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American Literature and Culture 1900-1960

ISBN: 978-1-4051-0126-4
276 pages
November 2006, Wiley-Blackwell
American Literature and Culture 1900-1960 (1405101261) cover image

Description

This introduction to American literature and culture from 1900 to 1960 is organized around four major ideas about America: that is it “big”, “new”, “rich”, and “free”.

  • Illustrates the artistic and social climate in the USA during this period.

  • Juxtaposes discussion of history, popular culture, literature and other art forms in ways that foster discussion, questioning, and continued study.

  • An appendix lists relevant primary and secondary works, including websites.

  • An ideal supplement to primary texts taught in American literature courses.
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Table of Contents

List of Illustrations vii

Timeline viii

Acknowledgments xxii

Introduction 1

1 Big 6

Expansion and its Discontents 12

The City 19

Representing Nature 36

Apocalypse 43

The Sense of Place 48

2 Rich 60

Weber and Veblen: Reasons to Work and Reasons to Spend 66

USA 71

Work and Identity 79

Labor Reform 91

Consumption and Identity 99

3 New 110

Beginning Anew: Crevecoeur and Hawthorne 115

Young America 119

Making It New I: Literary Modernism 128

Making It New II: The Other Arts 149

4 Free 165

The Multiple Meanings of Freedom 170

War and the Affirmation of American Values 173

Writing War 180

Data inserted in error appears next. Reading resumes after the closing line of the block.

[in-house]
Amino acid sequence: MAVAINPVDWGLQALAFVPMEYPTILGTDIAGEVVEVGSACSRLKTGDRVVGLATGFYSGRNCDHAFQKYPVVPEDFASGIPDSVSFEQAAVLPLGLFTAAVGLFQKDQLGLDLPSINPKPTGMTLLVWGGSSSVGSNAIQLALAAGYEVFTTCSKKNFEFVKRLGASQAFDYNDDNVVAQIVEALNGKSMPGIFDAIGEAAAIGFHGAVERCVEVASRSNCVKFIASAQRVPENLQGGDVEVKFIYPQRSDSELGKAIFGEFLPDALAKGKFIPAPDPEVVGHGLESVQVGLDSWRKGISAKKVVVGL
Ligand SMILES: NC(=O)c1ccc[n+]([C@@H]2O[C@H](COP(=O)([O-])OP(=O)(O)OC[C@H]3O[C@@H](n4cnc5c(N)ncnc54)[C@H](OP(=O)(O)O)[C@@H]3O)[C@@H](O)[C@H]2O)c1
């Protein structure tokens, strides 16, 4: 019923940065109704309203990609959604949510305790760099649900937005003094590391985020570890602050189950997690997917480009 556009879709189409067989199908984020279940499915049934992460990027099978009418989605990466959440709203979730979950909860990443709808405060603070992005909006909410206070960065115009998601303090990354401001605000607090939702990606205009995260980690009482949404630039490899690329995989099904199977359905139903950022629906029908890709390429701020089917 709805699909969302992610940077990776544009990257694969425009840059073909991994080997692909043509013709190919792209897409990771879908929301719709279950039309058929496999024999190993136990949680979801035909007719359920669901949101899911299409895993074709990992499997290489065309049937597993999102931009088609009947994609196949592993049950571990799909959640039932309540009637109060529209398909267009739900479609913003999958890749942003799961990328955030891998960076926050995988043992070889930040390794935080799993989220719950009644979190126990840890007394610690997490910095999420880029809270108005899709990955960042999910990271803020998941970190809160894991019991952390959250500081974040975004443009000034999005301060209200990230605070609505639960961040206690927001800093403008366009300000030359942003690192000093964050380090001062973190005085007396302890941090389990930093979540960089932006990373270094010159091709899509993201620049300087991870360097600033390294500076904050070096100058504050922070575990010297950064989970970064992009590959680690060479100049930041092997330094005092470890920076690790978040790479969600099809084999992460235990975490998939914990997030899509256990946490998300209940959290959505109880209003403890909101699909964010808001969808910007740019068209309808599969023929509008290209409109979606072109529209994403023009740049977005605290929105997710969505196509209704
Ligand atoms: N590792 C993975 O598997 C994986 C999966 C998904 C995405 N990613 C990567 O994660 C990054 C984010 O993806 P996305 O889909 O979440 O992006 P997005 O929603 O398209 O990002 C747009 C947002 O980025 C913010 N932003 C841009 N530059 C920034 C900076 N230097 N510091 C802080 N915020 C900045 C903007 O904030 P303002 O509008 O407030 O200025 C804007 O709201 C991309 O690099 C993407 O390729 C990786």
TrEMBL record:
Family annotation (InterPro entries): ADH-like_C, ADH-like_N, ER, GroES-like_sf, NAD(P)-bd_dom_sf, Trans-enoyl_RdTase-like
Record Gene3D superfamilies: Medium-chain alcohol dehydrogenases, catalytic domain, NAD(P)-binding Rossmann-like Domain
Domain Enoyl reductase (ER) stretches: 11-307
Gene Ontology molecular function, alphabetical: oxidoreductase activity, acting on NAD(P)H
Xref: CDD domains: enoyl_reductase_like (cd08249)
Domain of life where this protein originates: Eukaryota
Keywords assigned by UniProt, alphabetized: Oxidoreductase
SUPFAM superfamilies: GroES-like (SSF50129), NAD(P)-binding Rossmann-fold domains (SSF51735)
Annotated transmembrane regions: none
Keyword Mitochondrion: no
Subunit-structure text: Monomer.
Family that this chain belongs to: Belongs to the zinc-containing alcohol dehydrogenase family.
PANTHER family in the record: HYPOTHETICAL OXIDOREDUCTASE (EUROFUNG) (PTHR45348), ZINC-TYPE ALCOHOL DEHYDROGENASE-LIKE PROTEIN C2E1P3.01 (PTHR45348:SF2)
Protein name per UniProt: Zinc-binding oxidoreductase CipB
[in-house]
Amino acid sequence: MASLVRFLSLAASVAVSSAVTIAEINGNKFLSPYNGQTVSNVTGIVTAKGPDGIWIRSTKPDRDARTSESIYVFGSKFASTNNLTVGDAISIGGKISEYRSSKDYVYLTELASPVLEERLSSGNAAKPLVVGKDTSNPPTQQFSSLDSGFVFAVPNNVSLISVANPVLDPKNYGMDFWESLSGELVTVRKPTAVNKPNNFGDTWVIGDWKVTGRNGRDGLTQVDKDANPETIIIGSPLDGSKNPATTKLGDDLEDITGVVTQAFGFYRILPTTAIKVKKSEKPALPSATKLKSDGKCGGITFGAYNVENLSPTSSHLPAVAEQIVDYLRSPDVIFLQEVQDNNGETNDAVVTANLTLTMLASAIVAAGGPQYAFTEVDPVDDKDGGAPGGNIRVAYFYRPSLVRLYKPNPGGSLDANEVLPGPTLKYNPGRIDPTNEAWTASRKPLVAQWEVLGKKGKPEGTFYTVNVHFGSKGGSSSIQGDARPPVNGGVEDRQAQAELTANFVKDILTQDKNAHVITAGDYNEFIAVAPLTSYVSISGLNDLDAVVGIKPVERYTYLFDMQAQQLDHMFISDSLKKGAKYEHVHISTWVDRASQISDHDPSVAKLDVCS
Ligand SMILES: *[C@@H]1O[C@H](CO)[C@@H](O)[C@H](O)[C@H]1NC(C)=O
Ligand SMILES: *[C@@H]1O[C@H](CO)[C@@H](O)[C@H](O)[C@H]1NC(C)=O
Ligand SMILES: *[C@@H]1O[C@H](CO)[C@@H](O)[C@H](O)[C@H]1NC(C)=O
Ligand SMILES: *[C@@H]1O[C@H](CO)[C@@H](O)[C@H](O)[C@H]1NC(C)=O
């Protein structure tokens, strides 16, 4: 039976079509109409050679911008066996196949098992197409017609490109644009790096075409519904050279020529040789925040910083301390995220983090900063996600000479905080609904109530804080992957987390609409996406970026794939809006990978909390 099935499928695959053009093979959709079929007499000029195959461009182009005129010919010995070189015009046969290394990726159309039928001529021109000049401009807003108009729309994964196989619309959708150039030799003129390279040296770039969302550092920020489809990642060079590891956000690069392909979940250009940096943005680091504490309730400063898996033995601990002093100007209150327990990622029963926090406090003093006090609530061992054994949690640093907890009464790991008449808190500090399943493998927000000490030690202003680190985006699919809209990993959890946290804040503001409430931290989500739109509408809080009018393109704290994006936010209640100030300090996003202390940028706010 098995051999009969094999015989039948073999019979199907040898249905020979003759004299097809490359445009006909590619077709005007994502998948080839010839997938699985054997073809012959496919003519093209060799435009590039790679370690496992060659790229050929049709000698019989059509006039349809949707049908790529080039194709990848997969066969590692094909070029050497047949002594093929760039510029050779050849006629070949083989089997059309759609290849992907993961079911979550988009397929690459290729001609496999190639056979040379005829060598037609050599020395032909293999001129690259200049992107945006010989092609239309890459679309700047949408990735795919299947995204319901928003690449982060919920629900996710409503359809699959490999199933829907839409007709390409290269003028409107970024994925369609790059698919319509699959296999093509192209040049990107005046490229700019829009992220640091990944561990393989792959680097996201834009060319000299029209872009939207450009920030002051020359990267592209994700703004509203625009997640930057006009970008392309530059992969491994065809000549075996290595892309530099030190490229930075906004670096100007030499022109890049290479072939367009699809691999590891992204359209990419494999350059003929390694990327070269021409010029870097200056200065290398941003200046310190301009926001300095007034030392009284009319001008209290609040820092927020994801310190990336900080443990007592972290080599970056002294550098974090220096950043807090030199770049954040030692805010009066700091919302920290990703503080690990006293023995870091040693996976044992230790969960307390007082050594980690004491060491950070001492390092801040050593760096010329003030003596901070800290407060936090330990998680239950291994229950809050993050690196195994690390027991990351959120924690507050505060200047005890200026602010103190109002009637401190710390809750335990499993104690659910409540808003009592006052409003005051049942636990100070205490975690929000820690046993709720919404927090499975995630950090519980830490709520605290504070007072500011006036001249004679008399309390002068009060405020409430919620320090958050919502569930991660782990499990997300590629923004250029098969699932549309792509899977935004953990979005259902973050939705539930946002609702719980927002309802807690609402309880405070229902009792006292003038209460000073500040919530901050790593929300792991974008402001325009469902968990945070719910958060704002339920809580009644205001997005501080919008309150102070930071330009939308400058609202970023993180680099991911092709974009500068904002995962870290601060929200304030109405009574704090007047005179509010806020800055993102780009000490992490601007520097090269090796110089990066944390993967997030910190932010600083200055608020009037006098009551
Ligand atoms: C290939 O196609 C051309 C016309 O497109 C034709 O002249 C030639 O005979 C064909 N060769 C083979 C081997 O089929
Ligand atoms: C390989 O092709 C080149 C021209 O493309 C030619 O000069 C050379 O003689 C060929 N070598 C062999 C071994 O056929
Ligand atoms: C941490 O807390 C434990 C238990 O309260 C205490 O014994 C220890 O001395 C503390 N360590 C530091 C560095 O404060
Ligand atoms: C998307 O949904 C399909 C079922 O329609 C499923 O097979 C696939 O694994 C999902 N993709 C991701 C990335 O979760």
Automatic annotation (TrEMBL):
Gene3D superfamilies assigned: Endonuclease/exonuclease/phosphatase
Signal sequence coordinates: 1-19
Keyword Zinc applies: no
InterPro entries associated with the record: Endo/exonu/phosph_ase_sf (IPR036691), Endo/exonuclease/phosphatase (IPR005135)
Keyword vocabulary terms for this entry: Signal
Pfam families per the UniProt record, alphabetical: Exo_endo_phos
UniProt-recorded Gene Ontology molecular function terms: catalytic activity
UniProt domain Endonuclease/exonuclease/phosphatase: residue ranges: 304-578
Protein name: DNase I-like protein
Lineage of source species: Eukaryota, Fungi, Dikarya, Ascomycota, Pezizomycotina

Upstream Against the Mainstream 187

“An Inescapable Network of Mutuality” 203

Notes 211

Websites for Further Study of American Literature and Culture 215

Bibliography 217

Index 231

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Author Information

Gail McDonald is Senior Lecturer in English at the University of Southampton. She is the author of Learning to Be Modern: Pound, Eliot, and the American University (1993). She is also a Founder and Past President of the Modernist Studies Association.
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The Wiley Advantage


  • A novel introduction to American literature and culture from 1900-1960.

  • Illustrates the artistic and social climate in the USA during this period.

  • Organized by four ideas about America: that it is “big”, “new”, “rich” and “free”.

  • Juxtaposes discussion of history, popular culture, literature and other art forms in ways that foster discussion, questioning, and continued study.

  • An appendix lists relevant primary and secondary works, including websites.

  • An ideal supplement to primary texts taught in American literature courses.
See More

Reviews

"To call this an 'introduction' or 'guide' to its topic is accurate but modest...McDonald does not attempt to redefine texts so much as portray their coincidental nature...Highly Recommended." Choice
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